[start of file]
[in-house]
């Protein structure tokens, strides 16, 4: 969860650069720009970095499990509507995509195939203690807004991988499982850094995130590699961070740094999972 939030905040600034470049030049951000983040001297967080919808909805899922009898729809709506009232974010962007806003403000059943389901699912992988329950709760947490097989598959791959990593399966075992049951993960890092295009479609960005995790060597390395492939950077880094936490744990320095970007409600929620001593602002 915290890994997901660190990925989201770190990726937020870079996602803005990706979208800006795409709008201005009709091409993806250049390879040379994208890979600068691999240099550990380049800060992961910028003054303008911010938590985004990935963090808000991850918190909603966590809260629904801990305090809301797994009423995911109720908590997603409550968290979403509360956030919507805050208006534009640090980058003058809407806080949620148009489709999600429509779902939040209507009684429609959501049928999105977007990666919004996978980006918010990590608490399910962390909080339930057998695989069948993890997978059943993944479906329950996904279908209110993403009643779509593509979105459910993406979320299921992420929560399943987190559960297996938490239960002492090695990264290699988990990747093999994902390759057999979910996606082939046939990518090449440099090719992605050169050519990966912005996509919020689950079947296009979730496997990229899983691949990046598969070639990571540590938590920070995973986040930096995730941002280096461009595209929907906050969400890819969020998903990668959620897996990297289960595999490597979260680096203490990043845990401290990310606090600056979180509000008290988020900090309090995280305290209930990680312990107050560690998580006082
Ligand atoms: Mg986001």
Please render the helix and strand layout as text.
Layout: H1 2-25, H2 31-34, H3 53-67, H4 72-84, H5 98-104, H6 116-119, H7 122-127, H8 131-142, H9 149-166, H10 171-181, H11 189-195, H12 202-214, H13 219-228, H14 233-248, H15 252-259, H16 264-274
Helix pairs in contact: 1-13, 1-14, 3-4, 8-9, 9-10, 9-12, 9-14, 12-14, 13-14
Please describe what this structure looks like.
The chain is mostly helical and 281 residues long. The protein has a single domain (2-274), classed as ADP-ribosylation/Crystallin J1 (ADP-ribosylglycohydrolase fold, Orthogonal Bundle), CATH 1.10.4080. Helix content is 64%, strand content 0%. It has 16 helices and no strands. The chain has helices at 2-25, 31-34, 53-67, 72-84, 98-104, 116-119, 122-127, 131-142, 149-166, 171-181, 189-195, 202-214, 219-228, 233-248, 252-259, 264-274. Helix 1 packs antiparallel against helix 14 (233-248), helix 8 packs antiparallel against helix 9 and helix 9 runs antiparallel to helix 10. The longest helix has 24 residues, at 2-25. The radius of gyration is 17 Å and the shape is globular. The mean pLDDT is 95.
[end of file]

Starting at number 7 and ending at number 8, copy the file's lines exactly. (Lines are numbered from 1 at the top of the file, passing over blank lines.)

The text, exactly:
Please describe what this structure looks like.
The chain is mostly helical and 281 residues long. The protein has a single domain (2-274), classed as ADP-ribosylation/Crystallin J1 (ADP-ribosylglycohydrolase fold, Orthogonal Bundle), CATH 1.10.4080. Helix content is 64%, strand content 0%. It has 16 helices and no strands. The chain has helices at 2-25, 31-34, 53-67, 72-84, 98-104, 116-119, 122-127, 131-142, 149-166, 171-181, 189-195, 202-214, 219-228, 233-248, 252-259, 264-274. Helix 1 packs antiparallel against helix 14 (233-248), helix 8 packs antiparallel against helix 9 and helix 9 runs antiparallel to helix 10. The longest helix has 24 residues, at 2-25. The radius of gyration is 17 Å and the shape is globular. The mean pLDDT is 95.